Top Tips For Transitioning to Online Learning
We’re obviously big fans of online learning, but, for those who are used to a traditional classroom environment, it can be quite an adjustment even in the best of times. Making that adjustment during a global pandemic, however, can seem very overwhelming and complex if you’re not sure where to start. Luckily, we’re here to tell you that online learning is so much more than just a backup solution – and making the transition to online learning doesn’t have to be scary and difficult. It’s an incredible opportunity to connect with the material in a whole new way, deepen your understanding and recall, and to learn on your own terms.
Our Top 5 Tips For Transitioning to Online Learning
1. Buy In
This may not be your top choice, but it is the situation we’re in – so let’s get on board! It might help you to know that there are some major advantages to online learning over learning in a traditional setting. Online learning lets you move at your own pace so you could end up getting ahead in your course of study. The ability to move at your own speed and pace yourself means you get to take the time you want with the material, increasing comprehension.
Are you a night owl? Early bird? When you’re learning online, you have more control over when and where you learn and can customize your schedule to what works best for you.
Once you’re comfortable with online learning, you might find yourself seeking out more opportunities to learn online, many of which are offered by prestigious institutions at no cost to you and can have a significant impact on your skills and training.
2. Stay Social
From study groups to office hours, there’s a social element to learning that, at first, might not seem like you could replicate it online. Good news: you can!
Many online courses include elements like online discussion boards and gamification elements that give you the opportunity to interact with other learners and just plain have fun together. This boosts engagement and increases your retention of the material.
Look for ways to interact with other learners in your classroom whether it’s built-in social tech like a chatroom or something you create yourself or by starting a group text or a unique hashtag to use together when discussing the coursework.
3. Get Comfortable
We don’t just mean that you can learn while wearing your pajamas. Learning online gives you the ability to learn in your own way, on your own terms. Learning online means you can eliminate the formality of the classroom experience.
Sit down and think about when you feel the most motivated and energized about learning and try to replicate that experience for yourself. Some ideas:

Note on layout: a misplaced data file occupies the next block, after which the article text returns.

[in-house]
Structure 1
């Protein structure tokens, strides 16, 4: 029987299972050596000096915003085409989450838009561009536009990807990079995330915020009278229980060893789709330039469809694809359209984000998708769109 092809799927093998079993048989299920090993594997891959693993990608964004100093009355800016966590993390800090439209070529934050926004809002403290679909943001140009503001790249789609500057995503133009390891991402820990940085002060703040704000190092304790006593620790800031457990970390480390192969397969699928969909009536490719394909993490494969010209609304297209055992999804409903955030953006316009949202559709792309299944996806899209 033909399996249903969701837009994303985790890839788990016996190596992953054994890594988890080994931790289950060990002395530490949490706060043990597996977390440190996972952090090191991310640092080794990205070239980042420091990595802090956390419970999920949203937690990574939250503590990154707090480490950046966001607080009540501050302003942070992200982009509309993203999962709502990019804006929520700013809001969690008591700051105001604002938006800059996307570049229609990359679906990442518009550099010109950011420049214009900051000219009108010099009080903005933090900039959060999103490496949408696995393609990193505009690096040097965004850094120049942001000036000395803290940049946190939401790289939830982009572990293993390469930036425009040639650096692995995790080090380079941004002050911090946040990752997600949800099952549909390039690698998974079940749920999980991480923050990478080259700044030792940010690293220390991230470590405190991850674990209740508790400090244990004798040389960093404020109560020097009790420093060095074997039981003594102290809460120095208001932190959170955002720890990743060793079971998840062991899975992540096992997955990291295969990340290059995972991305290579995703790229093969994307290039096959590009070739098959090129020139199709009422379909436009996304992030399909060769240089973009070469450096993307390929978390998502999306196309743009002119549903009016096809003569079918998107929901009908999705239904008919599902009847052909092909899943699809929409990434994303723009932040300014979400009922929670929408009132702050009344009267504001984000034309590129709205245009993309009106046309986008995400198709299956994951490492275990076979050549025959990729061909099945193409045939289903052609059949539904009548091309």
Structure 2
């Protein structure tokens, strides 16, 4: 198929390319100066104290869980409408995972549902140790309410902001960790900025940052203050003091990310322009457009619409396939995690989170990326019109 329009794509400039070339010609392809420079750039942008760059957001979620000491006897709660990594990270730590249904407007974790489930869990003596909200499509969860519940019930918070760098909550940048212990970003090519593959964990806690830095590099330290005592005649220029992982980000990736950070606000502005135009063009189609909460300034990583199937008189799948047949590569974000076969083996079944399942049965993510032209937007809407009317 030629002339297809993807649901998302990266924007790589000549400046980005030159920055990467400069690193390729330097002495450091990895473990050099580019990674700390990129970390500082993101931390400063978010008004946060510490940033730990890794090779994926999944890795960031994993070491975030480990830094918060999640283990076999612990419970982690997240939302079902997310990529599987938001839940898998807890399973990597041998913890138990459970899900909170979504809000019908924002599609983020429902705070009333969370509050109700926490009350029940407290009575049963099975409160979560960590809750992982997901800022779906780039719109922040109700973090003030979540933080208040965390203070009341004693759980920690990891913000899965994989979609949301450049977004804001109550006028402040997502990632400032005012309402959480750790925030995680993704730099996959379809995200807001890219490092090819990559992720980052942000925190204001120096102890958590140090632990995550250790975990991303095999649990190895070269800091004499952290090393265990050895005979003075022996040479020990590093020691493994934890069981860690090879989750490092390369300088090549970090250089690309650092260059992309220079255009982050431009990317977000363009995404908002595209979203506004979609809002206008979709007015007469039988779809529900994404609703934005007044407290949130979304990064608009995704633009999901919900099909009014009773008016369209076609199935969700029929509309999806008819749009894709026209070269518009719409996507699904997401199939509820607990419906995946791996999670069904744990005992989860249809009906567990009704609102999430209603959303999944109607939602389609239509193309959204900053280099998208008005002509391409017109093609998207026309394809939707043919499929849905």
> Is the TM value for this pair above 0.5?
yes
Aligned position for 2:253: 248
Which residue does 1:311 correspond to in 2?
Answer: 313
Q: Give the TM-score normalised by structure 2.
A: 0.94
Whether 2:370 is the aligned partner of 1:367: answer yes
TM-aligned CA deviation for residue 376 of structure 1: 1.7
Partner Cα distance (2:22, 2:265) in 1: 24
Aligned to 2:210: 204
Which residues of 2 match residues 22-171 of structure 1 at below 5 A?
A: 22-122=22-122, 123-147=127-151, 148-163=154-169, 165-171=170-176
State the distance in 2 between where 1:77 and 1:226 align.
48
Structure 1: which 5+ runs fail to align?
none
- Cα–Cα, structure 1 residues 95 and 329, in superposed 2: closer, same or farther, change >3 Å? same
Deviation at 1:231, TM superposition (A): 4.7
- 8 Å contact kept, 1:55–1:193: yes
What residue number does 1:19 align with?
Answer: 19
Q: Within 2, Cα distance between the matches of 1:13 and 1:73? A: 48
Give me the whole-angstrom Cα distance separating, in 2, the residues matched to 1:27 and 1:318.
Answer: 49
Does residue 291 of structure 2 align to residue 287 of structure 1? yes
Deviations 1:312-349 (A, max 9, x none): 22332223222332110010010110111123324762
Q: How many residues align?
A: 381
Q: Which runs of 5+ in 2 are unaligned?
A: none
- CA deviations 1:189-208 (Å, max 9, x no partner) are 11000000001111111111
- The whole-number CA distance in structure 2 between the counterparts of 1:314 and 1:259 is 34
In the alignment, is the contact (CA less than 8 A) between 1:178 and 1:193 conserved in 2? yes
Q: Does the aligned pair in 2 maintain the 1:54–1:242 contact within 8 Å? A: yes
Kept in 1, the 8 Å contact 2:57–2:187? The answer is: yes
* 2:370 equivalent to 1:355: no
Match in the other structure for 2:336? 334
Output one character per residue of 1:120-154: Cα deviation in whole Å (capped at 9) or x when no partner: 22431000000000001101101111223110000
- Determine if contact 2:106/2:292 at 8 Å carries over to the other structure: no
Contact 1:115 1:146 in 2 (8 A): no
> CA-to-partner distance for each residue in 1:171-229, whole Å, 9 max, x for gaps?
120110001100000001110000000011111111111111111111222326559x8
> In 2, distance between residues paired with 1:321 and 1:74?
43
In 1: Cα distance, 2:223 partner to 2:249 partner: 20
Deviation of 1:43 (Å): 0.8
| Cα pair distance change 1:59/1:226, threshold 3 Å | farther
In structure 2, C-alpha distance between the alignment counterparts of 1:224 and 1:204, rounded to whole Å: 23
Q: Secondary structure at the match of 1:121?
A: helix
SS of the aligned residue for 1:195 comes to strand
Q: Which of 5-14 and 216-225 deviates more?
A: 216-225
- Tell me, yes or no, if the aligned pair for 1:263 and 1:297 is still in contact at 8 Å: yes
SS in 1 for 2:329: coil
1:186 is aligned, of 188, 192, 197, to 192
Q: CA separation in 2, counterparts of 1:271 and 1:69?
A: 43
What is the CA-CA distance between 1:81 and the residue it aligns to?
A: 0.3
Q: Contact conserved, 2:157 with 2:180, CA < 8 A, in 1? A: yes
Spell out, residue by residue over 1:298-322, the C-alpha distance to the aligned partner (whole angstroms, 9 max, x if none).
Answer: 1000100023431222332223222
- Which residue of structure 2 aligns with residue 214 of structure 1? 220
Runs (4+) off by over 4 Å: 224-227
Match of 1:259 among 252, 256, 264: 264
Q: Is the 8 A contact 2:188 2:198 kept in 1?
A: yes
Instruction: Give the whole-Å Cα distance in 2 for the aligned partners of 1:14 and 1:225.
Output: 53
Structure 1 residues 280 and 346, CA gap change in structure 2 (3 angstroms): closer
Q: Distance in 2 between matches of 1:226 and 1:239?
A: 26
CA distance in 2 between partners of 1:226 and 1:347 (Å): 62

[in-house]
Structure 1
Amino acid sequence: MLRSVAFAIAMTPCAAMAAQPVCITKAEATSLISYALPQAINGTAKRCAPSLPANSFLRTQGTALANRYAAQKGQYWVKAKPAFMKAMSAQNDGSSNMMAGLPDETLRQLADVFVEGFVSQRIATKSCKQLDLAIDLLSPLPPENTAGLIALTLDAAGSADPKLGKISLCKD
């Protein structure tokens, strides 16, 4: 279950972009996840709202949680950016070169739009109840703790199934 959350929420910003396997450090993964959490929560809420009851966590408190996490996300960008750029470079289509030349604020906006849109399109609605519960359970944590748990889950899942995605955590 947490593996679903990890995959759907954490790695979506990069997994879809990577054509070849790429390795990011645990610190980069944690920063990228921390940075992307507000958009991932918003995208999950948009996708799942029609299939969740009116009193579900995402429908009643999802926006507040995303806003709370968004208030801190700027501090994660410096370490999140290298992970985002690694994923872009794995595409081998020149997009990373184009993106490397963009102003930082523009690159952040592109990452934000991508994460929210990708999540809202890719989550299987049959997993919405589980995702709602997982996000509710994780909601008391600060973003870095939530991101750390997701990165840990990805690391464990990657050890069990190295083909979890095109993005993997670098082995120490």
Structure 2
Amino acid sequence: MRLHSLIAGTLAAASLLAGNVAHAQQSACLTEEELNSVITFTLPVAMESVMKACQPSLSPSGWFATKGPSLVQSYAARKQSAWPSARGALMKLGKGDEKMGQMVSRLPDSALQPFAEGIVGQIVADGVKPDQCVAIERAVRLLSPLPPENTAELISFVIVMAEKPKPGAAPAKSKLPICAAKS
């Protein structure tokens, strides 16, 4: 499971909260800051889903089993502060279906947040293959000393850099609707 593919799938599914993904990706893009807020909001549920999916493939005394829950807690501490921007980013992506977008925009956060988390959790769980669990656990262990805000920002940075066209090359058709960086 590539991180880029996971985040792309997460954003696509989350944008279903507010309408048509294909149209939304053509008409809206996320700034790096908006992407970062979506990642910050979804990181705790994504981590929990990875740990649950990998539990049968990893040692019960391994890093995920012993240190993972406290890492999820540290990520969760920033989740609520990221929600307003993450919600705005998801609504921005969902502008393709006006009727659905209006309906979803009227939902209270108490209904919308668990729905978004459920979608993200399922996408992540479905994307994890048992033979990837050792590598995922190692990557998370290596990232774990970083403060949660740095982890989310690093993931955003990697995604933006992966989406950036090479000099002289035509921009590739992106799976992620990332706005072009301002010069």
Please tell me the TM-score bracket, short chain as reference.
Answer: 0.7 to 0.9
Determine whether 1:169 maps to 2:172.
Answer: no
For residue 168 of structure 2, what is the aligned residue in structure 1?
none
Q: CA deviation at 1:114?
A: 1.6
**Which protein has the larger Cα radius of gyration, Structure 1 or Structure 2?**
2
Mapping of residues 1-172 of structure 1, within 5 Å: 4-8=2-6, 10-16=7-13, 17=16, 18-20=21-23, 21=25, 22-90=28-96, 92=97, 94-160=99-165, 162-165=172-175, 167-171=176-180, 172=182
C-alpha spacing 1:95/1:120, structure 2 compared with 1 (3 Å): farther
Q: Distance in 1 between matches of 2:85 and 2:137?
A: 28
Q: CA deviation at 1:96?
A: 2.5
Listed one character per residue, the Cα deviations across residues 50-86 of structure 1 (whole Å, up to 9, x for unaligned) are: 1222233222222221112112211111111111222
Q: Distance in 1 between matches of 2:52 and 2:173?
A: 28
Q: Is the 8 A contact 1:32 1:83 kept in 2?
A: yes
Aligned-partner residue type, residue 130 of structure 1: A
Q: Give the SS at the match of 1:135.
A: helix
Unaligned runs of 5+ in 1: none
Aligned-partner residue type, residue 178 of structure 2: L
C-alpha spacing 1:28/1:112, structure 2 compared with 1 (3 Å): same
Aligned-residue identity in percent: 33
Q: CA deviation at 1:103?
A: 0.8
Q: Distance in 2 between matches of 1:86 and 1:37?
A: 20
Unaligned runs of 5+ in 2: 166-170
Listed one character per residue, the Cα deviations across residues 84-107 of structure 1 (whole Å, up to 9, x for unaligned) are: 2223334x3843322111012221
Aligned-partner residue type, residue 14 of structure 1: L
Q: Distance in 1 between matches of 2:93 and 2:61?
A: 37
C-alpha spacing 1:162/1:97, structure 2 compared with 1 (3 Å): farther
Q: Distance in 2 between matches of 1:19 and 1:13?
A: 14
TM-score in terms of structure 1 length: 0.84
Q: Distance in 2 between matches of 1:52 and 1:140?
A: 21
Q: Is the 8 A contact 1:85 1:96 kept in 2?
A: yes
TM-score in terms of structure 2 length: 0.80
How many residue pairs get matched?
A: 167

- Set up a study area that you love (it can even be outside!)
- Have a snack or beverage you enjoy during class without worrying about distracting anyone
- Unless you have a set time for a live lecture, pick a time of day that works for you. If you do your best work in the morning or late at night, go for it!
- Take your time with the material – you’re not holding anyone else up, so if you want to watch a complex piece of a lecture over again, you can!
4. Adjust Expectations
Online learning feels different than classroom learning…because it is. Especially if your intention was to be learning in-person, this can be a huge shift and if you’re shooting to replicate that exact experience or aim for perfection, you might feel disappointed. So ditch the “how” and focus on the “what.” What are your objectives? What are your requirements? Once you know, you can get laser-focused on achieving them.
Once you adjust your expectations, however, you might find you feel more empowered and in control of the learning experience. Take a step back and review the course material, syllabus and timeline. Figure out the approach you want to use to completing your coursework. Now that you’re in control do you want to spend more time up front and be done sooner? Or do you want to pick away at it over a few months? What can you do with the time you’ll save that might have been otherwise spent on travel or commute time?
Yes, things are different, but that doesn’t mean they can’t be better.
5. Communicate Early And Often
If you’ve shifted quickly from in-person to online learning, it’s likely your educator has as well. Get very clear on how your instructor or administrator wants to be contacted and take advantage of any opportunities they provide for one-on-one instruction, video calls, digital office hours and more. They’re learning and adapting, too, so they understand.
One area where this is important is accessibility. There are so many ways within our existing technology to make the interface work harder for you and solve for audio and visual challenges. This is particularly important if you’re coming to eLearning later in your career, as every generation learns differently and has different preferences when it comes to receiving content digitally.
If you need added support or don’t have access to the same technology or high speed internet that you did previously, it’s important that you let your instructor know, so that they can help you come up with solutions to ensure you still get the experience you deserve.
This is Your Education, Make it Work For You
Online learning can be an empowering experience that deepens your comprehension and leads to a boost of the confidence that comes with mastering skills. Instead of focusing on the loss of your in-person experience, embrace this as a challenge and an opportunity to grow, deepen your knowledge and skills and come out on top. This is one area where we can confidently say: you can do this. We’re here to help.